The oocyte was successfully retrieved after the fifth cycle, six months after transplantation and fertilised via intracytoplasmic sperm injection (ICSI) using the husband’s frozen-thawed testicular sperm. One 7-cell cleavage stage embryo was then frozen but no embryo transfer has been performed to date.
Pictured here, Professor Soon-Chye Ng, one of the authors mentions "The results of our first ovarian tissue transplant confirmed previous reports and lent support to the objective that ovarian tissue freezing can preserve fertility for cancer patients. This success demonstrated that cryopreservation of ovarian tissue and subsequent transplantation is a viable option for preserving fertility."
Worldwide, it is estimated that several thousand women have had ovarian tissue cryopreserved, but the number of transplantations remains low although it is accepted in an increasing number of countries; to date, more than 100 children have been born from this procedure worldwide (Andersen et al., 2018 https://www.ncbi.nlm.nih.gov/pubmed/29718400).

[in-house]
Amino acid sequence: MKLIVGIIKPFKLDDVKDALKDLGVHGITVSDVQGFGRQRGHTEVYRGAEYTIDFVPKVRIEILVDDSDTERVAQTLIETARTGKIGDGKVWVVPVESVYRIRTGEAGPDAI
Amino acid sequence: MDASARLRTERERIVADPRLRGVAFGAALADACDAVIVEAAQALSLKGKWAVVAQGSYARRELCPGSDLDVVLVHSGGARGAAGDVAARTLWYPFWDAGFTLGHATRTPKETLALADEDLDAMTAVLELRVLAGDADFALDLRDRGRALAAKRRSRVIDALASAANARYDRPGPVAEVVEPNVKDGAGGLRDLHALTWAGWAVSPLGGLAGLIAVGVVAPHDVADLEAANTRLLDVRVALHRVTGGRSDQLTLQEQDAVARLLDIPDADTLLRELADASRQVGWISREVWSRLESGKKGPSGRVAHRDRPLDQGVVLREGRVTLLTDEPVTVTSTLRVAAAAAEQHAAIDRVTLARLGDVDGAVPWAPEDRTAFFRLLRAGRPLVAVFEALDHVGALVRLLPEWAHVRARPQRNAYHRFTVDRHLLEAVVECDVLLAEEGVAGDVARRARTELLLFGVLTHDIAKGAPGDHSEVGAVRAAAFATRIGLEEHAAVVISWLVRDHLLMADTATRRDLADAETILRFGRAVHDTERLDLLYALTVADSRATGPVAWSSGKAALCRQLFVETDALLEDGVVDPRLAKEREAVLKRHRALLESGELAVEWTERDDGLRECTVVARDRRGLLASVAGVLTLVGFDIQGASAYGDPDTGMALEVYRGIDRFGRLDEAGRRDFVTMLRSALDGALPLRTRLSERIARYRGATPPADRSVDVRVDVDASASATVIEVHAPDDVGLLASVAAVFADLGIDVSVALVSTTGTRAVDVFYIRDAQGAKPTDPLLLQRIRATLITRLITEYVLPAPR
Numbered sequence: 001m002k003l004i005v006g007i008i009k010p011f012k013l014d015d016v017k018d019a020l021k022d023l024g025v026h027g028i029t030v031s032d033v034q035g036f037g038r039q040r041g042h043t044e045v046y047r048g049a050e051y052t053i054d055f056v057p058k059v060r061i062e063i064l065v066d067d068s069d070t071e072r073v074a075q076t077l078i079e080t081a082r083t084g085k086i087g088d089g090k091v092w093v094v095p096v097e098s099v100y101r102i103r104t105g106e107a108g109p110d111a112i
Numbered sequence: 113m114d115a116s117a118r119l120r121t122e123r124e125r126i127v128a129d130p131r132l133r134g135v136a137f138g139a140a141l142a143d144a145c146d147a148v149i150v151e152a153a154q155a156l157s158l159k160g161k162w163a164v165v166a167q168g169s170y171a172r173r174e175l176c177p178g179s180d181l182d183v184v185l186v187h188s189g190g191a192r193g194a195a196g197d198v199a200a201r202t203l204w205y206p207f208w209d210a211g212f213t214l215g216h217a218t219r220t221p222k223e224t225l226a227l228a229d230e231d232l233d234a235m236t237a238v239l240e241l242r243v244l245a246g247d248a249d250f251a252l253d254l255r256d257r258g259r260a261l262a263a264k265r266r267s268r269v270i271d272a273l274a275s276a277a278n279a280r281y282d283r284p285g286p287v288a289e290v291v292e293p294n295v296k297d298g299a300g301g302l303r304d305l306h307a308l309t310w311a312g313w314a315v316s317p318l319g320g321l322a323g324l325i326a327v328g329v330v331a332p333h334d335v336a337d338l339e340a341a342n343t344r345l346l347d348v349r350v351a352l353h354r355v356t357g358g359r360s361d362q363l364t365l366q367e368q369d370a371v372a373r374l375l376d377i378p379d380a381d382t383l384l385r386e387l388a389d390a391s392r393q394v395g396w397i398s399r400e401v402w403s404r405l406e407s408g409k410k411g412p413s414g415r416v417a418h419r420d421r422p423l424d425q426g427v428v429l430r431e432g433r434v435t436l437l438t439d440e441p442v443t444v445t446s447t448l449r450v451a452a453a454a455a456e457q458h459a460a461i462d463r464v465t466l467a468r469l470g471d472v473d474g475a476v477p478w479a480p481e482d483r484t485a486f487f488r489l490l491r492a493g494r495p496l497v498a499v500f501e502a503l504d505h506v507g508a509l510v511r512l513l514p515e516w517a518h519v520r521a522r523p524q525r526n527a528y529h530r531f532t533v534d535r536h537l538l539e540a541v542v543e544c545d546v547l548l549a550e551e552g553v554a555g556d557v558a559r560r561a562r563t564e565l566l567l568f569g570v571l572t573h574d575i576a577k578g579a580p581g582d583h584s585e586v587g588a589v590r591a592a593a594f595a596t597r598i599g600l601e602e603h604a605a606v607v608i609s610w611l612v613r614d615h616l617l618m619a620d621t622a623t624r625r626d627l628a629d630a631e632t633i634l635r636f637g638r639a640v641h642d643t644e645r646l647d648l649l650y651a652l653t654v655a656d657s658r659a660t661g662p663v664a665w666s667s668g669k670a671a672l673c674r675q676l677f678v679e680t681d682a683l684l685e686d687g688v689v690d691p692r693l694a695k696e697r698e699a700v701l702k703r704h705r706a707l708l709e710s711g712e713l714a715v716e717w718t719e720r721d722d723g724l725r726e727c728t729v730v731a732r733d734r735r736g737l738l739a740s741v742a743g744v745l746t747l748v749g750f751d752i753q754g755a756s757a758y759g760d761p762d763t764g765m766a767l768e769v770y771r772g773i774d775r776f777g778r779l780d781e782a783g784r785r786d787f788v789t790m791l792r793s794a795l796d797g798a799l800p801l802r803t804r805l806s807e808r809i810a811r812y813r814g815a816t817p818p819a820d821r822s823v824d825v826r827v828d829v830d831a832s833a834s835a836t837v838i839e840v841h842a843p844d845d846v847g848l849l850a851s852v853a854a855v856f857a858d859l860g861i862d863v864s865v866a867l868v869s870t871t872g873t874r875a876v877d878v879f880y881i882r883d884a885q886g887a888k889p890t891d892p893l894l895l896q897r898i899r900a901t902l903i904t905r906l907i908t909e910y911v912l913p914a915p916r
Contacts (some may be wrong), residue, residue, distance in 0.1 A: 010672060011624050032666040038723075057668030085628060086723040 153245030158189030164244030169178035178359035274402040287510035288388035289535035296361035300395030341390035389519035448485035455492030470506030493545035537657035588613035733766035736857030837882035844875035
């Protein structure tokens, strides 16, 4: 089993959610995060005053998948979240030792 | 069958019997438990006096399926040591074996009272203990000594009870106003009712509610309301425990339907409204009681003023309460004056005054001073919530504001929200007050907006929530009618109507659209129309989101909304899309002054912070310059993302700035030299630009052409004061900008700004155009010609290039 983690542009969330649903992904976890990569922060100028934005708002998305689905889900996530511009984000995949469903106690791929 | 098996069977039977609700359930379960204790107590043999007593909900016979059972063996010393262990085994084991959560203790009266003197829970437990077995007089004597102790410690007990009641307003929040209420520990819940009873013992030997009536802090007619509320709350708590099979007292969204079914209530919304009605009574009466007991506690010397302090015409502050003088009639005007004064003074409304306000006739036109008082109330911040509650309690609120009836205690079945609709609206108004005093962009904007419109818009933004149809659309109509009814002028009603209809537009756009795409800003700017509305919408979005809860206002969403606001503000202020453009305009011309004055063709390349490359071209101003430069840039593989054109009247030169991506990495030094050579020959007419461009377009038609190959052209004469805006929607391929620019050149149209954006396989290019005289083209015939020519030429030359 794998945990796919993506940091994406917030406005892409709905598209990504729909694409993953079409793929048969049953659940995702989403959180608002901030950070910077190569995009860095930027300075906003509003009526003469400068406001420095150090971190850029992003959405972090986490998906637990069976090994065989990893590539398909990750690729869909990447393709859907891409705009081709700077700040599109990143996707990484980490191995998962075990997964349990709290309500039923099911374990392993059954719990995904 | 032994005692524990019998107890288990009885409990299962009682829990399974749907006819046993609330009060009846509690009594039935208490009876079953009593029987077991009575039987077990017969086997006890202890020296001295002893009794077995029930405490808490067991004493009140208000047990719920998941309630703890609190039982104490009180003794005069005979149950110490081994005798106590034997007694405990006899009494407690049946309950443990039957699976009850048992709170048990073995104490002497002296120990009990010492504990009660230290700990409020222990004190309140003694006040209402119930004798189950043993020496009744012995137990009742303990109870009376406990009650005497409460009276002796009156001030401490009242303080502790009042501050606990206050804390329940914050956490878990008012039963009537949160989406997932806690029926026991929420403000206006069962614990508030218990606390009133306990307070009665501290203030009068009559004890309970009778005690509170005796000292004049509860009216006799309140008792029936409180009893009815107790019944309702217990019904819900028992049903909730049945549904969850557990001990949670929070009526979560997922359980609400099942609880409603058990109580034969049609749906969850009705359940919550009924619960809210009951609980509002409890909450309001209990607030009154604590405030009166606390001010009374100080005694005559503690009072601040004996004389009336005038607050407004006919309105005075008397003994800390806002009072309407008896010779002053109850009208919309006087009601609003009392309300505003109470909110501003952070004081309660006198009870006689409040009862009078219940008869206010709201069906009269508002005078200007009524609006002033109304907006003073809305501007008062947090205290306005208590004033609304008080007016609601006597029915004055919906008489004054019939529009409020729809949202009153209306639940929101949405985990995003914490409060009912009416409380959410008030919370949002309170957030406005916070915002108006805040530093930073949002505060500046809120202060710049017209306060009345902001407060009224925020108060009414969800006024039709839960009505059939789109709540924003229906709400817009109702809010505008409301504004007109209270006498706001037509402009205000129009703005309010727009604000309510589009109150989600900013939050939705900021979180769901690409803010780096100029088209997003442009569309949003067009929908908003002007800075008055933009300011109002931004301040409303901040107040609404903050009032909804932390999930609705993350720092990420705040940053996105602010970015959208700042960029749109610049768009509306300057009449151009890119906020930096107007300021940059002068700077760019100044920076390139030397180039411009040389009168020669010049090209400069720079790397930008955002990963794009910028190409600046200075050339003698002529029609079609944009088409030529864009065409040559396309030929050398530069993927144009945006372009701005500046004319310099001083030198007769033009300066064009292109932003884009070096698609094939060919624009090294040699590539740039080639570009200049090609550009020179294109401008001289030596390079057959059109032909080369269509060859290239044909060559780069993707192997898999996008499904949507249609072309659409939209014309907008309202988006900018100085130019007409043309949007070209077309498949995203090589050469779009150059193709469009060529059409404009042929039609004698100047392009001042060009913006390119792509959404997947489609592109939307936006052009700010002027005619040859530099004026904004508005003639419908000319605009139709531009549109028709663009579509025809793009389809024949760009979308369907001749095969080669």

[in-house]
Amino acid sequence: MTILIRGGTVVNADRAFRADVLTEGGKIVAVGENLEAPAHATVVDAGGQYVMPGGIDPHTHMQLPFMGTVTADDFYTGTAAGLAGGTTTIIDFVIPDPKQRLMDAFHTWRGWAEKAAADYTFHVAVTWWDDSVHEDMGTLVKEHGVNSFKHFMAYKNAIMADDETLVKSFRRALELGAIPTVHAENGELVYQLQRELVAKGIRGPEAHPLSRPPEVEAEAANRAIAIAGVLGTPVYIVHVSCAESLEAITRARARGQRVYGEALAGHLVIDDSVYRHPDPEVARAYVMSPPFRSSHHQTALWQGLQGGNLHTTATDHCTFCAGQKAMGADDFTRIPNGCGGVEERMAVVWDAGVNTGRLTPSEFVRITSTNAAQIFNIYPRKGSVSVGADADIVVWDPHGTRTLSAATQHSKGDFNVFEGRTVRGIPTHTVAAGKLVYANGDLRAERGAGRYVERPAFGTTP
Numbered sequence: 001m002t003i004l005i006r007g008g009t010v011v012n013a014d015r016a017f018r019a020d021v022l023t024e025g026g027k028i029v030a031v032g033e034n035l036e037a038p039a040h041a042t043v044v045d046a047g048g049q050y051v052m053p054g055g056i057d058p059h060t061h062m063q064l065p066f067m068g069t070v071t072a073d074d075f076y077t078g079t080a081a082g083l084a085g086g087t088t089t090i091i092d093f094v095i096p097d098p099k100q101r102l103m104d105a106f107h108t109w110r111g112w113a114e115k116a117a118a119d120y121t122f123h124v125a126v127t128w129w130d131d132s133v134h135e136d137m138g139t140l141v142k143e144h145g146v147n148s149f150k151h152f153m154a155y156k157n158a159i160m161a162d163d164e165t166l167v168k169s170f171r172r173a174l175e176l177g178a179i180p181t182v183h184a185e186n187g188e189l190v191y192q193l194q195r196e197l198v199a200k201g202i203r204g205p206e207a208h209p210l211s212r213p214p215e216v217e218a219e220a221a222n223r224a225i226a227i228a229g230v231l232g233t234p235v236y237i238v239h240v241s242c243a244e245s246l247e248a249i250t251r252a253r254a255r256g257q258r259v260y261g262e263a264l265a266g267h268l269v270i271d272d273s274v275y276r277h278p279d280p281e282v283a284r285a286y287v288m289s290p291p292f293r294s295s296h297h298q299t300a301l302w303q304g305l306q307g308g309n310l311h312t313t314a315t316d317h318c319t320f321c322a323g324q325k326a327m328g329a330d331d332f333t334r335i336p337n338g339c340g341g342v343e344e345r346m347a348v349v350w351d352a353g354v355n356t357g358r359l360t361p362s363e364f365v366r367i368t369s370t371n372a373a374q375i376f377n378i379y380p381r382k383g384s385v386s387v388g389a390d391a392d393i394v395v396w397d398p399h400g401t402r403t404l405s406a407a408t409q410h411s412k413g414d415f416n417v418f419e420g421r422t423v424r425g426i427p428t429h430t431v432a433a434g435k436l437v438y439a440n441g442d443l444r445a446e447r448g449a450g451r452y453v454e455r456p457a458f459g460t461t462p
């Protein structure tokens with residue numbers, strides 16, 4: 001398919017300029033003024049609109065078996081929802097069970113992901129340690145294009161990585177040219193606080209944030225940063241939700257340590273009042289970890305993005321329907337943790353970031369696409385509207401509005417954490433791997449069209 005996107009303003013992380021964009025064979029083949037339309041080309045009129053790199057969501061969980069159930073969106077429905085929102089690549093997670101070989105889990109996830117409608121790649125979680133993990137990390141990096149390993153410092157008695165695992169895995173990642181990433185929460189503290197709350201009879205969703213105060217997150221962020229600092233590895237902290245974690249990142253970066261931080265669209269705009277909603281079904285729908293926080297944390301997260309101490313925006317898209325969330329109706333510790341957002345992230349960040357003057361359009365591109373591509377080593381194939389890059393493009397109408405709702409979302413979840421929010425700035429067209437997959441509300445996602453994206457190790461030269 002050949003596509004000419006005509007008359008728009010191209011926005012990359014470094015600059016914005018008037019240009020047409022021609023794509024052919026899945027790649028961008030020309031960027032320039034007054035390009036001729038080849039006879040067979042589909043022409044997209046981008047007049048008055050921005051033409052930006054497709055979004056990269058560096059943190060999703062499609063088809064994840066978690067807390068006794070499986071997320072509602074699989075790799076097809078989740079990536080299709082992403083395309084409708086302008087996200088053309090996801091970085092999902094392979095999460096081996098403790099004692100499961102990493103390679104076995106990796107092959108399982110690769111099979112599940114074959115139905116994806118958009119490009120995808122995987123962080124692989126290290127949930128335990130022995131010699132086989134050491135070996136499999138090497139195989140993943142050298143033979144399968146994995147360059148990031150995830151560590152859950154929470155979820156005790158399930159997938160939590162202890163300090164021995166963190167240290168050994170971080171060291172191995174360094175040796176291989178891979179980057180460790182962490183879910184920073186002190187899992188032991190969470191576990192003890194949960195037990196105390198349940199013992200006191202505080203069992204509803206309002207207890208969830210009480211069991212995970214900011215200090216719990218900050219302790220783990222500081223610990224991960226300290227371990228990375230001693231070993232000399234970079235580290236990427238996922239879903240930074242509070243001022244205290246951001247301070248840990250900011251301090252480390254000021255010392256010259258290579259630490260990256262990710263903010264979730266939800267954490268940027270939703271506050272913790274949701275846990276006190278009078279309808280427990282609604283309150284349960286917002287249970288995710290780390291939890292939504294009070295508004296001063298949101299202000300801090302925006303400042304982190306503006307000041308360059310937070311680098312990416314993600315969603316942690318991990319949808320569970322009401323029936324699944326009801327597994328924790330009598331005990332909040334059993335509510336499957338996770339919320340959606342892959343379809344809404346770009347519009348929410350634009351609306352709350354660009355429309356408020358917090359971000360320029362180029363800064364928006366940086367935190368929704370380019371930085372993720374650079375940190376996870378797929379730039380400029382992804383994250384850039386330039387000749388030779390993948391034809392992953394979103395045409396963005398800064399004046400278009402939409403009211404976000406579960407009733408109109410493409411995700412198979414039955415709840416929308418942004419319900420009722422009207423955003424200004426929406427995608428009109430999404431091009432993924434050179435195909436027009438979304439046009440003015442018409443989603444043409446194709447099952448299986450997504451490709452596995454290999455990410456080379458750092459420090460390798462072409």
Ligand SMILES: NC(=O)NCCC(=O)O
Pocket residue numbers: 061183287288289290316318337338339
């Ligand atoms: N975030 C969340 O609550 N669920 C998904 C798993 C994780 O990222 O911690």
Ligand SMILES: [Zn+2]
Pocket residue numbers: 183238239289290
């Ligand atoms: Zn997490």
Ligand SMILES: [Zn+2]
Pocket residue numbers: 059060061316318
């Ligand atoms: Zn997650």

The authors conclude that although cryopreserving of ovarian tissue for fertility restoration is still regarded as experimental, successful collection of oocytes and fertilisation from auto transplanted ovarian tissue, such as here, show that ovarian tissue freezing can preserve fertility for cancer patients. Goals for the future should include optimising the outcomes of transplantation, with improved tissue quality, reduced follicle loss, shorter transportation times, and longer periods of functionality in cryopreserved ovarian tissue. Such improvement in technique is important as survival rates for cancer patients in their early reproductive life continue to improve with advances in cancer treatment.
For further information
Read Paper http://www.ivf-hub.net/journal-archive-new/2019-2/